I have heard that wheat germ is healthy, but I’m not sure of the benefits or how to add it to foods.
If wheat germ was ever on the board of the TV game show Jeopardy it would probably be placed under the category, “Best-Kept Nutrition Secrets.” Because it’s the germ or “heart” of the wheat kernel, it has a nutty flavor and is packed with nutrition.
For a mere 50 calories and one minuscule gram of fat, a two-tablespoon serving will sprinkle on ten percent of your recommended daily value for folate, magnesium, and zinc, and 15 percent of your needs for vitamin E and thiamine. The two grams of dietary fiber that it provides per serving aren’t exactly shoddy, either. Salt watchers will love that it’s sodium free.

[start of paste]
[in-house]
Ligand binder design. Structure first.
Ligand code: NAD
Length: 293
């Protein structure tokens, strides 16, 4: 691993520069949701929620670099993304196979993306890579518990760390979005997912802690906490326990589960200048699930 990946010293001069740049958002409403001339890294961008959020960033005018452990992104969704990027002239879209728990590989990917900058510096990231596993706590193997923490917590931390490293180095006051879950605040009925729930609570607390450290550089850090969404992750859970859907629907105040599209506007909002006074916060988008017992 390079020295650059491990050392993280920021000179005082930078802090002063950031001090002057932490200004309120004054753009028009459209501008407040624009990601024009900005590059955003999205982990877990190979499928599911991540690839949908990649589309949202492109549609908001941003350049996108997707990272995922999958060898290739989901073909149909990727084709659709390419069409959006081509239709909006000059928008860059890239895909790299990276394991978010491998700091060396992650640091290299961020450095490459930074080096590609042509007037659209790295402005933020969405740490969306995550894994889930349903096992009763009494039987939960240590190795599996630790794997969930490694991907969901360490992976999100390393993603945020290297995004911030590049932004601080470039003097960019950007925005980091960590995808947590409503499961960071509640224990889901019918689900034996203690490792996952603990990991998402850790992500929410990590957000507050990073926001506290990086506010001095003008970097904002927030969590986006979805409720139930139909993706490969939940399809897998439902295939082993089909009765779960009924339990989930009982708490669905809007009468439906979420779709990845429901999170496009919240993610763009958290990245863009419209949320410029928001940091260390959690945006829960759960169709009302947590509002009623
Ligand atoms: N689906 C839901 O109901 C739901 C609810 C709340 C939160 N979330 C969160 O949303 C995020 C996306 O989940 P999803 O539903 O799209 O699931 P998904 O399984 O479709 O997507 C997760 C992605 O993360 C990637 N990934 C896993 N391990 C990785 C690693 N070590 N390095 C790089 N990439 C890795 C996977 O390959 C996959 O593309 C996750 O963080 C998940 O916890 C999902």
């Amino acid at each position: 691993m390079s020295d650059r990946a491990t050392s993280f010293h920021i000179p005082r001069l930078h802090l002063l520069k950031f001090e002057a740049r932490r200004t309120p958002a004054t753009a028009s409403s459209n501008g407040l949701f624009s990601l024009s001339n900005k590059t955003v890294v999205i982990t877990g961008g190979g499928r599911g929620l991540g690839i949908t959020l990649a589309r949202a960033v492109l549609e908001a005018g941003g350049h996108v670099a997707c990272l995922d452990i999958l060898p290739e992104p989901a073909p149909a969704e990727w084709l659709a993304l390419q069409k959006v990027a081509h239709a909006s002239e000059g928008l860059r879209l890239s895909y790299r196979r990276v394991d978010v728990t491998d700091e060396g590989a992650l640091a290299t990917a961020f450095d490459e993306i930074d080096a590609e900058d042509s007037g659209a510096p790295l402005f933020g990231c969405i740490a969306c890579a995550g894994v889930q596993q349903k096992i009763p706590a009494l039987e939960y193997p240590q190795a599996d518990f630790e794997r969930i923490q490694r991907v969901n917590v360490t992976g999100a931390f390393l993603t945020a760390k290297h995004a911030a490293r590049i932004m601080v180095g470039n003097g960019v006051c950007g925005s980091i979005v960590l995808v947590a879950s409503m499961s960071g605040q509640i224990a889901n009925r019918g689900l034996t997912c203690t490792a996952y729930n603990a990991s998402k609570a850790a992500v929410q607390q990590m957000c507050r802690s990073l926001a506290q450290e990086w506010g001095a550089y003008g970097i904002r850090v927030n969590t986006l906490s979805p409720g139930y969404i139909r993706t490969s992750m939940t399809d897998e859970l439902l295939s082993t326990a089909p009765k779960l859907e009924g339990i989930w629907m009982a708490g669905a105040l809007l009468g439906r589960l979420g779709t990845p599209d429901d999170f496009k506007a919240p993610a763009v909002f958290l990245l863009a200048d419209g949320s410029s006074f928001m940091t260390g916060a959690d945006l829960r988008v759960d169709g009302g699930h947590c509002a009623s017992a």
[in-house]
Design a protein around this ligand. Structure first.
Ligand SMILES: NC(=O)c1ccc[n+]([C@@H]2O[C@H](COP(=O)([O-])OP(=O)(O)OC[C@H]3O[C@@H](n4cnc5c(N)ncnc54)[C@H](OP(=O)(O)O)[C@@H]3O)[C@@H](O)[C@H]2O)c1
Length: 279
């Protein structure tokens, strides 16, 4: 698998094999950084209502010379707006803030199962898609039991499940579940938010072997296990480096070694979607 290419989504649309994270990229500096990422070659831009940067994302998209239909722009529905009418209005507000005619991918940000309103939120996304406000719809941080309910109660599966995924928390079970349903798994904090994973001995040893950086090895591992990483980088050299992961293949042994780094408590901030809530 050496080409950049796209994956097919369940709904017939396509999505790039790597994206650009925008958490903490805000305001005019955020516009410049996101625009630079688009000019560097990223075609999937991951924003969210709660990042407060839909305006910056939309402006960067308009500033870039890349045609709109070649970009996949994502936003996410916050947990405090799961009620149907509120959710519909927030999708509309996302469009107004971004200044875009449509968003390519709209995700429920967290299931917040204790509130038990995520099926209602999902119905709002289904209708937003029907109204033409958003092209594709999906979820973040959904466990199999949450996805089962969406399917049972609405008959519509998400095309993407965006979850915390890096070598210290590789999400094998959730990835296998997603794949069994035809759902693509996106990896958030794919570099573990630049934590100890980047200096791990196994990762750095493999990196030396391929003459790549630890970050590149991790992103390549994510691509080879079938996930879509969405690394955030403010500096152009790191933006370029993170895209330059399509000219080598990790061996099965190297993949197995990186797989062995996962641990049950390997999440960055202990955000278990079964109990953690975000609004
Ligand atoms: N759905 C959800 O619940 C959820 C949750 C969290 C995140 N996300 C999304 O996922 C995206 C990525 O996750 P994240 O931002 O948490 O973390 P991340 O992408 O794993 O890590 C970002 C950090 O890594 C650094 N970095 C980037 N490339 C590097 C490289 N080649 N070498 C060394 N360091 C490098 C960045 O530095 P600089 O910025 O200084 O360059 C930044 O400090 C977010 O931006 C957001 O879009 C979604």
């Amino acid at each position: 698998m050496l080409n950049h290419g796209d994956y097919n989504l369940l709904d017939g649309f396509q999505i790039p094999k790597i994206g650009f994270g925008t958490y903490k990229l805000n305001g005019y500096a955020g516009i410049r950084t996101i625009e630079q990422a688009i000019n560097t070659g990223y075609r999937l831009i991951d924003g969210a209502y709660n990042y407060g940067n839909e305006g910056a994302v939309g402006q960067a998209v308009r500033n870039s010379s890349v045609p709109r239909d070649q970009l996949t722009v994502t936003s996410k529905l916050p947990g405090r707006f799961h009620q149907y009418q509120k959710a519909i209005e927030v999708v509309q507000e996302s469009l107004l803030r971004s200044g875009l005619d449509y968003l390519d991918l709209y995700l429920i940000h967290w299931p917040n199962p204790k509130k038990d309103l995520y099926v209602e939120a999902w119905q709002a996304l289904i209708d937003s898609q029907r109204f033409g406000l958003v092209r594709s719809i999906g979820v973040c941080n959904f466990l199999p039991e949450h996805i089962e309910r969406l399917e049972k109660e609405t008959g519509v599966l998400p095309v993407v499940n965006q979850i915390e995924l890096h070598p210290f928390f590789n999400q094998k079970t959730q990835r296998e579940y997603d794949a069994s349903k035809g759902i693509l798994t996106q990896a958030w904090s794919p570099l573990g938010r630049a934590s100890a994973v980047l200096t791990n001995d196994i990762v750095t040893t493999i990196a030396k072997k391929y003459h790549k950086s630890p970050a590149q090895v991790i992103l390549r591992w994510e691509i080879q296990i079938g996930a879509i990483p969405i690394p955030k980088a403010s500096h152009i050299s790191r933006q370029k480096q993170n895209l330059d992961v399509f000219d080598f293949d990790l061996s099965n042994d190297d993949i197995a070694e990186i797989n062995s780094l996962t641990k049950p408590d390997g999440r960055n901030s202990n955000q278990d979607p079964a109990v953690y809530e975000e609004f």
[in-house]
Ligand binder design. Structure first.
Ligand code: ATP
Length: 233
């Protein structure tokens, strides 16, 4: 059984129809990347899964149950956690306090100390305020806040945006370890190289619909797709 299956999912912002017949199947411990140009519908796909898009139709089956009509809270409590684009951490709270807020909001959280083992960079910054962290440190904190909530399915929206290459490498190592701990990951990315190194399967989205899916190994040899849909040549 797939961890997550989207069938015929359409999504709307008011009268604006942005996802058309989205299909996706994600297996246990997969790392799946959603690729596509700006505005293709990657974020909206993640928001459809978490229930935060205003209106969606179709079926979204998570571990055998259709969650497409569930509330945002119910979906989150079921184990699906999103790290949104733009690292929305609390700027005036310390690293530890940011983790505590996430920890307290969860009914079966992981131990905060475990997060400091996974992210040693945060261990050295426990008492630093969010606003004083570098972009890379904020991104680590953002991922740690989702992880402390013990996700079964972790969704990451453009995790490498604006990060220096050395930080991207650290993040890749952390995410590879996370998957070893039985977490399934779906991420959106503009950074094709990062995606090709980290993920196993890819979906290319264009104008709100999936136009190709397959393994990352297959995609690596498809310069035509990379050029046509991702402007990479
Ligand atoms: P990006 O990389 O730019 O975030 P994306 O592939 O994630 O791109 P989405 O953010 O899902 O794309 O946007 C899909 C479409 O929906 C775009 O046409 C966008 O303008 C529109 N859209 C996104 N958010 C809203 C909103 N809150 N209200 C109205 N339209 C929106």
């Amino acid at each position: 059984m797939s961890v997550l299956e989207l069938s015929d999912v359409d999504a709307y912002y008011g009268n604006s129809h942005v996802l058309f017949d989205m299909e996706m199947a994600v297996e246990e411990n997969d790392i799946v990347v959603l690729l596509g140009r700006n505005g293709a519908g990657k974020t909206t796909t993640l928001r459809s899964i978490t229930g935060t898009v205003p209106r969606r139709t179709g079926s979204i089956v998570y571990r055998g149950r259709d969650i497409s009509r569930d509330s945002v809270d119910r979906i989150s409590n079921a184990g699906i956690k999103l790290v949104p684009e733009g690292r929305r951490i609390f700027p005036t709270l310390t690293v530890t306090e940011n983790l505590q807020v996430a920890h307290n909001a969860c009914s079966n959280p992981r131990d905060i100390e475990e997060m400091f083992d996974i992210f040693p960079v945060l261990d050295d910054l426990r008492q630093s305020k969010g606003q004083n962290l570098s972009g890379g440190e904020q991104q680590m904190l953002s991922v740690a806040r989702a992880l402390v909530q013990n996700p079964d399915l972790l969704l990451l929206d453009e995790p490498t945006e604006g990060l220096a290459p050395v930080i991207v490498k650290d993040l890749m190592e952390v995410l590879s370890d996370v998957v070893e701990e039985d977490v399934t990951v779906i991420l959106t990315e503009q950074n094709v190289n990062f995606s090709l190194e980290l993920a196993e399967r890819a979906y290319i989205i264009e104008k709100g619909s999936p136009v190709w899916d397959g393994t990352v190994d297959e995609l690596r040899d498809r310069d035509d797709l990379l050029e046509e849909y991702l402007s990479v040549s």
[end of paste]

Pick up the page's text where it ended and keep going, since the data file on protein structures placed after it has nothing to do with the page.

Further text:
The only downside to wheat germ is that we forget to use it. I sneak it into muffins, meatballs, and bread crumbs for chicken and fish. The folks at Kretschmer, a maker of these hearty crunchies, recommend substituting up to half a cup of wheat germ for equal amounts of flour when baking cookies, muffins, and other quick and yeast breads.
It can also be used as part of crumb toppings in pies and fruit crisps. For the less adventurous, it’s delightful as a crunchy topping sprinkled on yogurt, pudding, cut-up fruit, or low-fat ice cream.
Once it’s opened, keep the jar of wheat germ tightly sealed and refrigerated, but make sure it’s within sight so that you don’t forget to use it.